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Kaipainen: Cello Concerto, Etc / Ylonen, Tapani, Et Al


Release Date: 03/21/2006 
Label:  Ondine   Catalog #: 1062   Spars Code: n/a 
Composer:  Jouni Kaipainen
Performer:  Esa TapaniMarko Ylönen
Conductor:  Hannu Lintu
Orchestra/Ensemble:  Finnish Radio Symphony Orchestra
Number of Discs: 1 
Recorded in: Stereo 
Length: 1 Hours 5 Mins. 

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Notes and Editorial Reviews



KAIPAINEN Horn Concerto. 1 Cello Concerto No. 1 2 ? Hannu Lintu, cond; Finnish RSO; Esa Tapani (hn); 1 Marko Ylönen (vc) 2 ? ONDINE ODE 1062


So many composers are at work now in the Nordic countries producing large-scale works of great technical proficiency, orchestral wizardry, and musical depth. Many of their best works are Read more concertos, commissioned and championed by the profusion of extraordinary virtuoso soloists who reside in the region. With such high standards in the actual craft of composition, it takes something more to allow one composer to stand out from the pack: an innate ability to create memorable or distinctively personal thematic material. Aulis Sallinen and Kalevi Aho achieve this, in my opinion, and this new release leads me to believe Jouni Kaipainen may be another.


Kaipainen (b. 1956) was a pupil of Sallinen and, in fact, horn-player Esa Tapani has appeared on a cpo issue in a performance of Sallinen?s recent horn concerto. The works of master and pupil share certain characteristics, the most notable of which is momentum. Often the outer movements of Kaipainen?s Horn Concerto Op. 61?and this is also true of his Cello Concerto?fall into a chugging ostinato accompaniment, the type of figure that drives neo-Classical works like Stravinsky?s Violin Concerto. The CD notes claim Kaipainen is not neo-Classical, but as far as these accompanying figures are concerned, I would disagree. (Nevertheless, there are certainly more facets to Kaipainen?s work, and he does not deal in pastiche.) Basically, the word for this music is solid, which is not to say it is dull or heavy, but rather it is strong, propulsive, and focused. Also, as I said before, the thematic material is distinctive and, in the broad contemporary definition of the word, tonal?for instance, the big climactic theme in the first movement of the Horn Concerto bears a passing resemblance to the tune Hearts and Flowers . Kaipainen?s orchestration is distinctive, too: he utilizes contemporary textures such as buzzing muted strings en masse , but is not averse to giving long lyrical lines to the violin section or building to a Straussian climax?nor does he fall into the clichés of contemporary orchestral writing like big brass clusters or dense tuttis with an overlay of tuned percussion. There is some lovely, delicate percussion detail in the Horn Concerto?s hymn-like second movement, yet another response to 9/11, in a passage which eventually breaks into an anguished waltz before coming to rest via a Lark Ascending -type solo violin onto a contemplative F-Major chord.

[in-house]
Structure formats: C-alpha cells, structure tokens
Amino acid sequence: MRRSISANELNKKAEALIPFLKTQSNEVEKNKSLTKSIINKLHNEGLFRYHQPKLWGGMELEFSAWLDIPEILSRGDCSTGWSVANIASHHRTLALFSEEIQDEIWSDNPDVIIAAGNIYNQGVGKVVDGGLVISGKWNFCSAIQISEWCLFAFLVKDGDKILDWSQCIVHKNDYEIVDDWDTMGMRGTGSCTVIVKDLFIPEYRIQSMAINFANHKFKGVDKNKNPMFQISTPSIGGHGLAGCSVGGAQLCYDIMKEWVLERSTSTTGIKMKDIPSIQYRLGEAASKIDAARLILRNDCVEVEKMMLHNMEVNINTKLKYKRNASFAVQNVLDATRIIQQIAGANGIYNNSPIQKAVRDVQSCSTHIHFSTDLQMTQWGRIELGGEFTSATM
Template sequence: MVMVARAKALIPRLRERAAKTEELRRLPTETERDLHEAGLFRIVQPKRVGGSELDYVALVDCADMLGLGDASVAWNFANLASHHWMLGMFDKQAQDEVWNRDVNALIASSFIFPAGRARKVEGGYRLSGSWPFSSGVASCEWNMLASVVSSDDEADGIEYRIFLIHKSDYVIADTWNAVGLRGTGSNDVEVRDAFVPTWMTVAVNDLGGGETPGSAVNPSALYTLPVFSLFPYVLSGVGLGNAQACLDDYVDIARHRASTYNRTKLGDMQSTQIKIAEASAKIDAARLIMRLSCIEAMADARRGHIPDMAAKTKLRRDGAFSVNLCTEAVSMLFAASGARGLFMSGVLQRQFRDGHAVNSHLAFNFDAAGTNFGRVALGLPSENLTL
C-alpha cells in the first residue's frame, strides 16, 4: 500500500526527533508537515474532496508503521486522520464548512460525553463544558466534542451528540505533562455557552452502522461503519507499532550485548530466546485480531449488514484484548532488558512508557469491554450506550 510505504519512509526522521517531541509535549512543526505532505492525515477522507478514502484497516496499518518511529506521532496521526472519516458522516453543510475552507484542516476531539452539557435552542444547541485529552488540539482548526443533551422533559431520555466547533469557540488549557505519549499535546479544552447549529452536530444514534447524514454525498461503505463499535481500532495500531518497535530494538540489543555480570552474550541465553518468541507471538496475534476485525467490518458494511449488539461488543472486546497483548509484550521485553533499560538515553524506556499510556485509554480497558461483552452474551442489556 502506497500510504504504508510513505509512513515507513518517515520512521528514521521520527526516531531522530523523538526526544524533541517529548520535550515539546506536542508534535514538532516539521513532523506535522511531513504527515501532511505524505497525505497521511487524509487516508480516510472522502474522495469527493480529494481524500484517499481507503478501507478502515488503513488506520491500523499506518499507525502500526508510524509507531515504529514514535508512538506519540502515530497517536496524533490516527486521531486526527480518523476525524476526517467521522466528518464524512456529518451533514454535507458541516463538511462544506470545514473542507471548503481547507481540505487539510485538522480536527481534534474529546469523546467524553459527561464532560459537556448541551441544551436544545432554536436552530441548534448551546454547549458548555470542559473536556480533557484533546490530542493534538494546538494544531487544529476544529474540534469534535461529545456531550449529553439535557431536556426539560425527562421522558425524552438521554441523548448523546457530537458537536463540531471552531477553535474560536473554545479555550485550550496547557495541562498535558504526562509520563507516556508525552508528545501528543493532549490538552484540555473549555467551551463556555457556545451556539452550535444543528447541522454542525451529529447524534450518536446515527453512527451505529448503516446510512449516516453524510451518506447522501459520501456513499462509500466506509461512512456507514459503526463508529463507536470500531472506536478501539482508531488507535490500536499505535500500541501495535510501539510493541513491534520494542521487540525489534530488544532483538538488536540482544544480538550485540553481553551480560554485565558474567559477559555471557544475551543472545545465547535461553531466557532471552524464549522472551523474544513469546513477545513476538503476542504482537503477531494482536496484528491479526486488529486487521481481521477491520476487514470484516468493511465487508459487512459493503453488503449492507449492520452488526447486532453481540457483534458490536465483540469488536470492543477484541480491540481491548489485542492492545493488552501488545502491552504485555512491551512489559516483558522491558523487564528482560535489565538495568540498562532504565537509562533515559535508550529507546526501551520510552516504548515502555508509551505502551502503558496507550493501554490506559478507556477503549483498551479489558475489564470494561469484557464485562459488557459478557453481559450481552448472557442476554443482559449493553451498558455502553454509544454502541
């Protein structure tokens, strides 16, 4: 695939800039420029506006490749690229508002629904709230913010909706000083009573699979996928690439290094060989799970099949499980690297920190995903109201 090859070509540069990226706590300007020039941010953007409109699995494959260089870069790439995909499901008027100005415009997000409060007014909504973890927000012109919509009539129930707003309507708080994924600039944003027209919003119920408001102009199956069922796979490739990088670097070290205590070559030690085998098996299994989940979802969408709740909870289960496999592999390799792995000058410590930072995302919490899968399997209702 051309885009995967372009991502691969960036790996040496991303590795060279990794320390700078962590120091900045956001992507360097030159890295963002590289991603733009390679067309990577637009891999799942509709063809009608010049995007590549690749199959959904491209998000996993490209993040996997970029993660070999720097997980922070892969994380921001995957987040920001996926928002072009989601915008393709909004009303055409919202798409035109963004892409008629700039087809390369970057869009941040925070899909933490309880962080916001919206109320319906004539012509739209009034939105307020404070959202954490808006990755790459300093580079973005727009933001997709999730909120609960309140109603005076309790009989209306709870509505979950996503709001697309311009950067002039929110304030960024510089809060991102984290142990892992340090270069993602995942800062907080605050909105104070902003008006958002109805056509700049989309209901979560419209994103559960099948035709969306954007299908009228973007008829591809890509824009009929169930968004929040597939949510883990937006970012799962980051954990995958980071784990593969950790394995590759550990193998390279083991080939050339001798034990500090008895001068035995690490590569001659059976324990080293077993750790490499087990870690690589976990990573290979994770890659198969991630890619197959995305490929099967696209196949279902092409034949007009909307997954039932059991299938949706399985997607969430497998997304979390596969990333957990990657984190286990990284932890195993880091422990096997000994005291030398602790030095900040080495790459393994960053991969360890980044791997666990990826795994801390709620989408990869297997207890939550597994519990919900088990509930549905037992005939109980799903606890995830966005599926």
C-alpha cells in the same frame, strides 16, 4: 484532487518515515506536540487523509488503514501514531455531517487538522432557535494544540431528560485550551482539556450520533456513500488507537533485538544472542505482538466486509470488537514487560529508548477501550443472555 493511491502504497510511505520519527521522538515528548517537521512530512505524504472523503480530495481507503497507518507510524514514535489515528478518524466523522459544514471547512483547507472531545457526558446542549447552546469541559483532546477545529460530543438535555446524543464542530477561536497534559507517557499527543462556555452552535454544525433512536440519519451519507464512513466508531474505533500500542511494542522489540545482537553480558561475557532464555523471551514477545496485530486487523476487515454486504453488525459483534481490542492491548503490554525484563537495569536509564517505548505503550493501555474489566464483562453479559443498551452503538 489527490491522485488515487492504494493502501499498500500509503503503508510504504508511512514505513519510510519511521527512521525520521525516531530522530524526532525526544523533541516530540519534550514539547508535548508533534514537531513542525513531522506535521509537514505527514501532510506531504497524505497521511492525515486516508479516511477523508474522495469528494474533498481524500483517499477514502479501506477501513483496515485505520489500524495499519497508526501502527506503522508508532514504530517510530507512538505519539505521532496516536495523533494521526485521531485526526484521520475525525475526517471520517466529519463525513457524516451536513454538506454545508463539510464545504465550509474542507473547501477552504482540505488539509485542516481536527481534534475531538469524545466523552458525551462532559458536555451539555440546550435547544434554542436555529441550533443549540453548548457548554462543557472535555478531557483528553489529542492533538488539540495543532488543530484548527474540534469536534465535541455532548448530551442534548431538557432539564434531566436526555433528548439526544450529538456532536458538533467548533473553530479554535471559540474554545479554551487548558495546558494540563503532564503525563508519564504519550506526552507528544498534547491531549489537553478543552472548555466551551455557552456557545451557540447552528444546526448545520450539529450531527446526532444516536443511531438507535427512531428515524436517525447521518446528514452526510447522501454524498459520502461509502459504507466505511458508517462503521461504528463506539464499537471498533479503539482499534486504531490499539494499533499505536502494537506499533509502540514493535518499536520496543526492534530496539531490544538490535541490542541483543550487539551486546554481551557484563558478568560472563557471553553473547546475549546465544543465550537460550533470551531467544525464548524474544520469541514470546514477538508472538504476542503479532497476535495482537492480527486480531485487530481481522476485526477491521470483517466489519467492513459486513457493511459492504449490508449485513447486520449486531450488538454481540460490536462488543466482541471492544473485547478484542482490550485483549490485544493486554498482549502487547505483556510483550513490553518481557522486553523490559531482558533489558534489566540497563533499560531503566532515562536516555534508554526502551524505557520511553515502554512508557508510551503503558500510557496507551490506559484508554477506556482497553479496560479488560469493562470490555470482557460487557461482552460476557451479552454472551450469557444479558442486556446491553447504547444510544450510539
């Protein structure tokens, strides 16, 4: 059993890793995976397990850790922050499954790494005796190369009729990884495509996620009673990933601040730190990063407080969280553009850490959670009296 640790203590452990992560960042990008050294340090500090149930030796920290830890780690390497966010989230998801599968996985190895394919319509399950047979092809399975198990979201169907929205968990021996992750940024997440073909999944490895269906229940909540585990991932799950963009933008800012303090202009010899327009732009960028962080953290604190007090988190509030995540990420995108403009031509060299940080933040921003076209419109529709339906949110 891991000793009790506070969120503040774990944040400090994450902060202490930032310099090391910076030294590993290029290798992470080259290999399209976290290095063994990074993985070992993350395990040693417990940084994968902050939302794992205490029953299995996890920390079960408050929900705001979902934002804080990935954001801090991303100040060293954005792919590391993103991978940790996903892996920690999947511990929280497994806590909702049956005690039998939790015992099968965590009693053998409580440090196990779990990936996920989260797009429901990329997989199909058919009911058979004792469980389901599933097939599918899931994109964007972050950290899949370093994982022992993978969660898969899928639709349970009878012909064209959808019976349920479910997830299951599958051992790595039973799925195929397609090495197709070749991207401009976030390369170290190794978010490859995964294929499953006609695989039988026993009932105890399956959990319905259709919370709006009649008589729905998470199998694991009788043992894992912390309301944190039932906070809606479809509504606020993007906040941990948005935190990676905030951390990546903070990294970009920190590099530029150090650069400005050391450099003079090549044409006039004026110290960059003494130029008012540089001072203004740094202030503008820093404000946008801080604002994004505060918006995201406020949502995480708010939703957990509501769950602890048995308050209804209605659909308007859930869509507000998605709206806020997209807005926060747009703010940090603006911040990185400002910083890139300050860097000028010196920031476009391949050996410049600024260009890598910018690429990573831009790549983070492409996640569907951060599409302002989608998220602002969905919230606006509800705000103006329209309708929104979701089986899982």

The Cello Concerto No. 1, op. 65, of a year later (2002) is more discursive, with a first movement rich in incident. (This movement was originally planned as a complete work on its own.) The cello has a showy role throughout, replete with pizzicato figures, arpeggios, and scale passages that are cohesively developed out of the basic thematic material. The cellist on this CD, Marko Ylönen, commissioned the piece as a result of winning the New York Concert Artists Guild competition in 1996. He is a very fine player, who also recorded for Ondine the Cello Concerto ?Sotto Voce? by Shchedrin. Like the Horn Concerto, Kaipainen?s Cello Concerto is in three movements that could be described variously as propulsive, melodic, and virtuosic. The soloist encounters many changes of mood along the way, relating to them as a 20th-century-style observer rather than the combatant of the Romantic concerto tradition.


I must admit I haven?t had time to get fully inside the skin of these works. That pleasure awaits me, but already I find myself returning to the lush, heartfelt song which graces the slow movement of the Cello Concerto. It is gorgeous writing, meltingly played. Performances by both dedicatees are above reproach and recording quality is good: the orchestral sound is perhaps more two-dimensional than usual with this company, but not enough to worry about. These two concertos are substantial works and promise ongoing enjoyment, making this disc a worthwhile long-term investment.


FANFARE: Phillip Scott
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Works on This Recording

1. Concerto for Horn, Op.61 by Jouni Kaipainen
Performer:  Esa Tapani (French Horn)
Conductor:  Hannu Lintu
Orchestra/Ensemble:  Finnish Radio Symphony Orchestra
Period: 20th Century 
Written: Finland 
Notes: Composition written: Finland (2001 - 2002). 
2. Concerto for Cello no 1, Op. 65 by Jouni Kaipainen
Performer:  Marko Ylönen (Cello)
Conductor:  Hannu Lintu
Orchestra/Ensemble:  Finnish Radio Symphony Orchestra
Period: 20th Century 
Written: 2002; Finland 

Sound Samples

Horn Concerto, Op. 61: I. Allegro maestoso - Cadenza
Horn Concerto, Op. 61: II. Larghetto
Horn Concerto, Op. 61: III. Vivace
Cello Concerto No. 1, Op. 65: I. Andante febbrile; possibilimente rubato - Allegro con brio
Cello Concerto No. 1, Op. 65: II. Largo - Cadenza -
Cello Concerto No. 1, Op. 65: III. Allegretto

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